Studying in Ingolstadt, Victor discovers the secret of life and creates an intelligent but grotesque monster, from whom he recoils in horror. Victor keeps his creation of the monster a secret, feeling increasingly guilty and ashamed as he realizes how helpless he is to prevent the monster from ruining his life and the lives of others.
My tourist guide took me to see the Jewish cemetery and the Jewish alley, which back then was a part of the Ghetto in Prague. When the Golem was not needed anymore — and because it caused some troubles that seemed to scare people — the rabbi took away life from his creation and the Golem returned to be the clay he had been before.
My guide showed me the little lot of clay in the synagogue that is believed to be the rests of the Golem. Later I became aware of the many adaptations this story had in literature and film. Often the image of the Golem was rendered into a vicious creature that cannot be controlled by his inventor anymore, causing death and illnesses where ever he appears.
Alike the story of the Golem the story of the Monster is one of a creation that gets beyond control. Frankenstein, in an attempt to play God, creates a thing that is supposed to make him famous and that will earn him the respect of the scientific world.
In that very process of creation he is not aware of the effects this could cause later; his only concern is to be the first to install the breath of life into a being he created on his own. It is an attempt that shows his great ignorance and also his arrogance towards god as the only creator.
This vanity is later to be punished be the hands of his own creation, and he realizes it only to late and only in retrospection: Frankenstein turns away from his creation and is thus to be the first human turning his back on the Monster. In fact, the Monster — very much like any child — is just looking for parental love, for friendship; but society abandons him repeatedly so he becomes a villain.
This is not only his fault alone. Frankenstein by turning his back on the creature he made is much more to blame. But the text can also be read differently. Nevertheless there is an even more interesting way of understanding the novel: He is a kind of Doppelganger to Victor Frankenstein.
These ghostly images are often reported to look like the original person, act like them, mock them or harm them; but still they are no physical appearances, just a mere shadow of the original person. Many persons, among them famous people like Abraham Lincoln Anonymous 1are reported to have seen their own image.
It is not a big surprise that even Percy Shelley seemed to have had one of those visions foreshadowing his own death. Under this perspective it can be assumed that Victor Frankenstein and the Monster is one and the same person, although distinct — and even opposite — in some points of their personal history.
They are thus very much like dichotomies: Victor has a loving and caring family, his parents give him any opportunity to gain knowledge; he is described to be a handsome man; he marries the woman he loves and he is a well-respected member of society.
Even though at first glance it might seem that the Monster is wholly responsible for his actions, it is Victor Frankenstein who provides the Monster with the actual possibilities do kill those people2.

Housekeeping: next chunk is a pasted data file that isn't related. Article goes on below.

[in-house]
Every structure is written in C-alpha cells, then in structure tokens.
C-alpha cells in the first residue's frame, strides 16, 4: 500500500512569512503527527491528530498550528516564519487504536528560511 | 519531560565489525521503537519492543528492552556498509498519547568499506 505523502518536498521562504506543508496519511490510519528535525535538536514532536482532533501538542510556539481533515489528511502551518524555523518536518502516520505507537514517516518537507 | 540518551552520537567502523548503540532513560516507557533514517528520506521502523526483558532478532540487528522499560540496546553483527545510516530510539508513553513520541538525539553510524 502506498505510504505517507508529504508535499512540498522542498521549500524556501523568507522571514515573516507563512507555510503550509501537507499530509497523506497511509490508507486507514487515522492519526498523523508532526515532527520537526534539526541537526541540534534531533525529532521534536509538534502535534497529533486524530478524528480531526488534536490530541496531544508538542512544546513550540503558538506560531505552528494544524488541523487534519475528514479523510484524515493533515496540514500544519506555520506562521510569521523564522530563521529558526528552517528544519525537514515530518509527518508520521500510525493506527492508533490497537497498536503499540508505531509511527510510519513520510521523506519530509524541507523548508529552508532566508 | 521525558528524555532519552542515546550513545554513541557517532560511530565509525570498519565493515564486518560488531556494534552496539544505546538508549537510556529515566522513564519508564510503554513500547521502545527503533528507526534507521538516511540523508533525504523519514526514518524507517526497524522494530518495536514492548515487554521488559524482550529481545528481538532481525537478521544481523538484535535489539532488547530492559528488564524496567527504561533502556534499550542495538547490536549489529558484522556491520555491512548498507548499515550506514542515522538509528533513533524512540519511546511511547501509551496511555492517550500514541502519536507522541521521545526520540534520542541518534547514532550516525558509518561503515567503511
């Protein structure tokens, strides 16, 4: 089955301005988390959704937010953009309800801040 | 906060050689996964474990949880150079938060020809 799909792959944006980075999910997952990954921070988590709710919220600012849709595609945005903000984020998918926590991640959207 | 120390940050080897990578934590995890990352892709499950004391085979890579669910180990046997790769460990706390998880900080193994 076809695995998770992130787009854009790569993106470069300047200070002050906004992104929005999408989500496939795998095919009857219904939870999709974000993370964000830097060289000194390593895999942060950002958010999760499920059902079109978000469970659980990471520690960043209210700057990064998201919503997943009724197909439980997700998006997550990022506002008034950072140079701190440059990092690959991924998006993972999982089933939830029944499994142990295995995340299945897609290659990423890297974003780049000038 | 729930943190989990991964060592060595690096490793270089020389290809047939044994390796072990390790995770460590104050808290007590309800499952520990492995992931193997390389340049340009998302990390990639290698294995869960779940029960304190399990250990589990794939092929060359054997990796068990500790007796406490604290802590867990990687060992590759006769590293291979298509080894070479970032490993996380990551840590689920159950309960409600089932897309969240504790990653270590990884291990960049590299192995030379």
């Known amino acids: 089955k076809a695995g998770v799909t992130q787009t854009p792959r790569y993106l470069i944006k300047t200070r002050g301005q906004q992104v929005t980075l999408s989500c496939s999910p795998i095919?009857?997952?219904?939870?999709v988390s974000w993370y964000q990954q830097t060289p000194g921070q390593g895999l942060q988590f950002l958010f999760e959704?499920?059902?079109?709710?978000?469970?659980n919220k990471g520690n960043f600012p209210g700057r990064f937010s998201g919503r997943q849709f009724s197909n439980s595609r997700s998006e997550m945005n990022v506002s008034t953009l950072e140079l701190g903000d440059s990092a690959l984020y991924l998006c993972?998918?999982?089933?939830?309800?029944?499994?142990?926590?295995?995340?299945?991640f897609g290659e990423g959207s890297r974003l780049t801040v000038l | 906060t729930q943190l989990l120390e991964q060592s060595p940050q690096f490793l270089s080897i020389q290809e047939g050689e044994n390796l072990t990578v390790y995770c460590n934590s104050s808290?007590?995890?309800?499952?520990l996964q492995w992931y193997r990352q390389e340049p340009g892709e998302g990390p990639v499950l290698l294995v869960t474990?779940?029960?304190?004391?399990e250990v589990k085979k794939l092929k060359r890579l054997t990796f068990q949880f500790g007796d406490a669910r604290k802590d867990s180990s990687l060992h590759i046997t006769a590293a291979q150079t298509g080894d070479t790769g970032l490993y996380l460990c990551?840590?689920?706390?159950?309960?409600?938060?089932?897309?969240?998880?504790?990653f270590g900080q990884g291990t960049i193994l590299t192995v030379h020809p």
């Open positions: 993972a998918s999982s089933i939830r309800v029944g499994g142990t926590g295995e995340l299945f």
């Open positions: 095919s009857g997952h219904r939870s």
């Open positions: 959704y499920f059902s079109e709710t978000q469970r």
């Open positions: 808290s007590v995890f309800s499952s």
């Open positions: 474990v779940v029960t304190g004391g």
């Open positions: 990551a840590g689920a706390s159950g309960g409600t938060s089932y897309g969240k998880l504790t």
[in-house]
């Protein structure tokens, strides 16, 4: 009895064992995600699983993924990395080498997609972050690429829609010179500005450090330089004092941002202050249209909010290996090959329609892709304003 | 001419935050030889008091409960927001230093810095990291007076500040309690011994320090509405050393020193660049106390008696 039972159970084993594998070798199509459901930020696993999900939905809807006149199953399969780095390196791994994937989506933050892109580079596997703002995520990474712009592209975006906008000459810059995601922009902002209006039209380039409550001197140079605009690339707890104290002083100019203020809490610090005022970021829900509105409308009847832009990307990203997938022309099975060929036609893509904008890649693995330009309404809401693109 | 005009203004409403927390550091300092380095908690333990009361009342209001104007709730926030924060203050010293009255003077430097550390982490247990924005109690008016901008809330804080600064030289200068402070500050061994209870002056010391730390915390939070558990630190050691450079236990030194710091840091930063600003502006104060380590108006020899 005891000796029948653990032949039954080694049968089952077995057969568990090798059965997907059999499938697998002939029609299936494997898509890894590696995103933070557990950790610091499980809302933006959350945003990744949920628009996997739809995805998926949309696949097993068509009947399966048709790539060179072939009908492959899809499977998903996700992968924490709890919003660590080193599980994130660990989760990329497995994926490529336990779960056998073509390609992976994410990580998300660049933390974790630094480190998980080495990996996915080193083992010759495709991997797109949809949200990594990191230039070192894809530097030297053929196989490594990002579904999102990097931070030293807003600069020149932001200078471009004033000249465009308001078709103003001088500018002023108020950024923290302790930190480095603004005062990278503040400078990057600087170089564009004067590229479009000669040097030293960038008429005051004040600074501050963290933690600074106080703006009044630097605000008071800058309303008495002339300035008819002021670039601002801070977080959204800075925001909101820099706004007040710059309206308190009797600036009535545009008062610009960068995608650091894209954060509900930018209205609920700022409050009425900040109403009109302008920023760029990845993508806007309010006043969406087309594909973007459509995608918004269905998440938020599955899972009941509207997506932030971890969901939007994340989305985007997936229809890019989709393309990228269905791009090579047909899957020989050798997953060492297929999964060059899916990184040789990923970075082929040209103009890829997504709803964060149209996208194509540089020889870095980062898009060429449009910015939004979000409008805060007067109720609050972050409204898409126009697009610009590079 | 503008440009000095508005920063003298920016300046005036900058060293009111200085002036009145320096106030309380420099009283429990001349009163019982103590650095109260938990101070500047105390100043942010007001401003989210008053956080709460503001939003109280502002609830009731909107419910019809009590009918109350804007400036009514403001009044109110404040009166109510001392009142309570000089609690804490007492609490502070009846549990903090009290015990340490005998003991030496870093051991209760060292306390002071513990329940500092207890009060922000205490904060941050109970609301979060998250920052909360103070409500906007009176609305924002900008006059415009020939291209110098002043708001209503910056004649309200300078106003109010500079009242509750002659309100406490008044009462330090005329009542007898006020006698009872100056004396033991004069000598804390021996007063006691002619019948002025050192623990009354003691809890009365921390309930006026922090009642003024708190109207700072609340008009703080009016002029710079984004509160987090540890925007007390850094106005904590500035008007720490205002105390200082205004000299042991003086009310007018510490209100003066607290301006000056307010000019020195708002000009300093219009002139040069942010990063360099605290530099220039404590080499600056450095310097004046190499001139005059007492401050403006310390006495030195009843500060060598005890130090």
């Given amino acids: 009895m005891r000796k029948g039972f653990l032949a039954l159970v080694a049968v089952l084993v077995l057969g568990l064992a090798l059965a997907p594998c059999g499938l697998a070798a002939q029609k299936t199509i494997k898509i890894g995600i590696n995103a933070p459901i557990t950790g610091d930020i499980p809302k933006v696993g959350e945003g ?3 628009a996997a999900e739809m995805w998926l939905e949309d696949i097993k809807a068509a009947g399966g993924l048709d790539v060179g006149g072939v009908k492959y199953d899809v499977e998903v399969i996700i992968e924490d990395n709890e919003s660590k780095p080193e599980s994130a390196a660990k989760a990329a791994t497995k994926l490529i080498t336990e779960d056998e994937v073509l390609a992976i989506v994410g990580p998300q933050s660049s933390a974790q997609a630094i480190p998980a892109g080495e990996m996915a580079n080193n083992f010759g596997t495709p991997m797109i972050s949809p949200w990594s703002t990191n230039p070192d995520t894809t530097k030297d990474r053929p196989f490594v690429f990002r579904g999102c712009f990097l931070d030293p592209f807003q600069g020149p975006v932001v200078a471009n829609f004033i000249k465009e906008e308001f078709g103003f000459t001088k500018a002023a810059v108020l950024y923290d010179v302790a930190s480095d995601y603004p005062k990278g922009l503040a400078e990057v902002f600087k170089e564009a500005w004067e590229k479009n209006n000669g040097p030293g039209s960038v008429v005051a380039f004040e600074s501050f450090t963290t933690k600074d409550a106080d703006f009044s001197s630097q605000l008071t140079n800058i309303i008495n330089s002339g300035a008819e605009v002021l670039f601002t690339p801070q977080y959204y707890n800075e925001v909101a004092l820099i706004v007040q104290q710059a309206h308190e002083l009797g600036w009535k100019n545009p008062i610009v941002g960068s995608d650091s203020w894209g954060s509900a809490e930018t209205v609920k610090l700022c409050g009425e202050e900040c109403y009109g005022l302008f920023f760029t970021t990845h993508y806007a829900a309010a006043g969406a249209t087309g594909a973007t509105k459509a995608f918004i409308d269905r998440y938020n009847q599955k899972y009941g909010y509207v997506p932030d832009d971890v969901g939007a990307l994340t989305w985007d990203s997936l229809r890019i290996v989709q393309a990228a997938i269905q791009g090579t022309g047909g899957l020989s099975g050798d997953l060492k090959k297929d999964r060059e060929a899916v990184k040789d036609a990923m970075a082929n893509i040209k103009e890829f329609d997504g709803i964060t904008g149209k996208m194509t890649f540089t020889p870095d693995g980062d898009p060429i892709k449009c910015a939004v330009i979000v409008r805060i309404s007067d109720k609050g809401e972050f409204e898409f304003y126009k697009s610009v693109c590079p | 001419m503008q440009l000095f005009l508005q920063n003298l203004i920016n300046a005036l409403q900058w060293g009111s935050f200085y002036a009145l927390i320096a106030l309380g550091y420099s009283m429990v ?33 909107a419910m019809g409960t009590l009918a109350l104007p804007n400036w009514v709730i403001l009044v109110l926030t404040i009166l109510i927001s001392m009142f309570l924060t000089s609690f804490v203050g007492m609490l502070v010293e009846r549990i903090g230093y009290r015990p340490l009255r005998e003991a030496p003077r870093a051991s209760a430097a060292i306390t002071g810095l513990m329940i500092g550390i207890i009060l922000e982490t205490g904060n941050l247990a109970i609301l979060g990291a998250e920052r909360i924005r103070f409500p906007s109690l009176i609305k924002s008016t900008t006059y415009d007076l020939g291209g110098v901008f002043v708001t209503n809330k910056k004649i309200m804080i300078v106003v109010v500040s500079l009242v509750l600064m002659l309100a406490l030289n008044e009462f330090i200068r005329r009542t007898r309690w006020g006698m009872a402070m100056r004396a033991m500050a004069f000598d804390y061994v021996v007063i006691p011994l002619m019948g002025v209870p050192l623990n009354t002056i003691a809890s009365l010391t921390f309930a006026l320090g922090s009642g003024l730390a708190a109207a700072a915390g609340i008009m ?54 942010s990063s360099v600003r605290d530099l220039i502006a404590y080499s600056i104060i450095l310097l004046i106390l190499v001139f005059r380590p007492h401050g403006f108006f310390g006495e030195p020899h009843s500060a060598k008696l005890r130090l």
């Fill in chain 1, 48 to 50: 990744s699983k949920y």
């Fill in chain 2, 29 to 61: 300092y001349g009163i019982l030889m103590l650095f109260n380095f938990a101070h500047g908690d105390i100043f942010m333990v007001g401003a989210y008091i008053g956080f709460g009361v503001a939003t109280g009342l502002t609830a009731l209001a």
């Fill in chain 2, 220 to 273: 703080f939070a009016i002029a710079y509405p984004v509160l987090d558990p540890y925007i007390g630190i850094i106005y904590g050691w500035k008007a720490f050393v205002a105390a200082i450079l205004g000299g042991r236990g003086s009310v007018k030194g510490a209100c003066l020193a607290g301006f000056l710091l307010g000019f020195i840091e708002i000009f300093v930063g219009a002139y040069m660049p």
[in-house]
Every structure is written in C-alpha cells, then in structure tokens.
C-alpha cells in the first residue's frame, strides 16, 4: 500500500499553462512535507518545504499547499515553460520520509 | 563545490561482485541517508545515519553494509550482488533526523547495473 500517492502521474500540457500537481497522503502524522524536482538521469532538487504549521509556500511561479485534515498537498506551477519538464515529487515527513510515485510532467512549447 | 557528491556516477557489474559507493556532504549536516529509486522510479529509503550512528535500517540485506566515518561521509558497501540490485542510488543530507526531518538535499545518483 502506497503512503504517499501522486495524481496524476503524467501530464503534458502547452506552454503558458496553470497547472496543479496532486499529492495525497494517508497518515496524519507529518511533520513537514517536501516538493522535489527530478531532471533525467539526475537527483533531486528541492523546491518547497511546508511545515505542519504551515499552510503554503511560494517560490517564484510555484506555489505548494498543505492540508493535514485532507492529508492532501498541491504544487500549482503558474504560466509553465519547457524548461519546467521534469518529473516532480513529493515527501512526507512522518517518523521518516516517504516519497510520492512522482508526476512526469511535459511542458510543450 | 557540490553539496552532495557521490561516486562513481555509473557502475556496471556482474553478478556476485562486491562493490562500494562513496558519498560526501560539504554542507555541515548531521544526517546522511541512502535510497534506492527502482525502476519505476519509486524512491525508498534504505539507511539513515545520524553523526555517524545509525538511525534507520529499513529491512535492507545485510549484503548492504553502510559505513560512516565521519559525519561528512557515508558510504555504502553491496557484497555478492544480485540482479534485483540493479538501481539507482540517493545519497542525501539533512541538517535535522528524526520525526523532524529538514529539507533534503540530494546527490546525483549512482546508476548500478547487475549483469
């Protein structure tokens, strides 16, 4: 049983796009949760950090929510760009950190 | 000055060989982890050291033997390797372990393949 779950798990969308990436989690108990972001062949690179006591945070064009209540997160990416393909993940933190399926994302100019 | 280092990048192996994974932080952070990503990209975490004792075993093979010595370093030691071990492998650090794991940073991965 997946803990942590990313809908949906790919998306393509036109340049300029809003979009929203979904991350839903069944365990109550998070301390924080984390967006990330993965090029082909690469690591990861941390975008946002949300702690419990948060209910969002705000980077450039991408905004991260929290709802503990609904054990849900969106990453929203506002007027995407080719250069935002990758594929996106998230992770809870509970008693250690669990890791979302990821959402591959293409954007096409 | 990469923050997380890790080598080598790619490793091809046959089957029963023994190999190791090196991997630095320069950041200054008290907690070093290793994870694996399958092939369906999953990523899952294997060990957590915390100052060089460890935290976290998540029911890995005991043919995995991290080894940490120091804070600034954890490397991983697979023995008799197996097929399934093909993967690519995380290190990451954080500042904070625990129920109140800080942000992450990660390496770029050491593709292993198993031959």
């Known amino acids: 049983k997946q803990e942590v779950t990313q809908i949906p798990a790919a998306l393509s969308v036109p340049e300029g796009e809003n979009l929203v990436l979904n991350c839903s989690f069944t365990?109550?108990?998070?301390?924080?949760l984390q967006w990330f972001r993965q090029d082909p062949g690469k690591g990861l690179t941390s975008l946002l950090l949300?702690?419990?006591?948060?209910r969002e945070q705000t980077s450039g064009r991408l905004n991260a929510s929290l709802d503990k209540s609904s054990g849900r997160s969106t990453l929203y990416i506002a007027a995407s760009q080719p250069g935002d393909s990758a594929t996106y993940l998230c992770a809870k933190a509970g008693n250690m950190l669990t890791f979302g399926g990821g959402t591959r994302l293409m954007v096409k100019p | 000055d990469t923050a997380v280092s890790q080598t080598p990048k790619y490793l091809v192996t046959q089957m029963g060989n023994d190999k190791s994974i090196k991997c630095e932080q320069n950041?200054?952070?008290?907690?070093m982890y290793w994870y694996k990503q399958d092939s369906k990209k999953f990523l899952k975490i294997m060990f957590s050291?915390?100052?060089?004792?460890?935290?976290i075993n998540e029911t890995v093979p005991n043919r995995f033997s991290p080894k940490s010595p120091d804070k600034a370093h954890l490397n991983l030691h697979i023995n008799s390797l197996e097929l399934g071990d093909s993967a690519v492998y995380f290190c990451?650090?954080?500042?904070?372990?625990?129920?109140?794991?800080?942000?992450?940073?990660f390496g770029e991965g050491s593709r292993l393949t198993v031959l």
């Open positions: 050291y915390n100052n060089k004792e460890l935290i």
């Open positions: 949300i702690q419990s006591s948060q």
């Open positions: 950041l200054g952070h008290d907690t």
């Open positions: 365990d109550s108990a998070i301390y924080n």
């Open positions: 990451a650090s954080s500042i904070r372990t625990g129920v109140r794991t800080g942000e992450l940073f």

He leaves traces of where to find his family so the Monster can go and kill his brother. Along with this goes also the death of Justine that Frankenstein fails to avoid. Thus it is demonstrated that Victor Frankenstein has an evil twin, a Doppelganger who ruins his life.
It is even possible, as shown above, that Victor Frankenstein and the Monster are two parts of the same person.
But to what conclusion does this lead us? One suggestion is that the whole novel can be read as the decline of one person, of one villain, such hinting at the fact that Victor Frankenstein is the true villain of the story. Victor realizes this — he realizes his vanity and tries to warn Walton — and tries to kill the Monster, very much like the rabbi who wants to destroy his Golem after he was out of control.Doppelganger in Frankenstein.
Frankenstein, Mary Shelley The notion of double in Frankenstein. All along the novel, the theme of the double is recurrent.
The Merriam-Webtser defines a doppelganger as a ghostly counterpart of a living person or the evil alter-ego of a person. In Frankenstein, Mary Shelley used that very motif to describe and characterize her characters. Indeed, the Creature can be seen as the . A summary of Themes in Mary Shelley's Frankenstein.
Learn exactly what happened in this chapter, scene, or section of Frankenstein and what it means. Perfect for acing essays, tests, and quizzes, as well as for writing lesson plans. Introduction In the novel Frankenstein by Mary Shelley she uses doppelganger to represent the creature as a double of his creature Victor.
The monster although hideous in appearance is a well educated creature, who feels pity and regret which is something that Victor is missing. A summary of Themes in Mary Shelley's Frankenstein. Learn exactly what happened in this chapter, scene, or section of Frankenstein and what it means.
Perfect for acing essays, tests, and quizzes, as well as for writing lesson plans. The Doppelganger motif of Victor Frankenstein and the Monster in Mary Shelley’s Frankenstein Katja Buthut GRIN Verlag, Sep 14, - Literary Criticism - 4 pages. Mary Shelley explores the definition of monstrosity in her novel Frankenstein through the descriptions, actions, and underlying, psychological motives of her characters.
Victor Frankenstein’s creature is an imaginary projection of Victor’s own mind.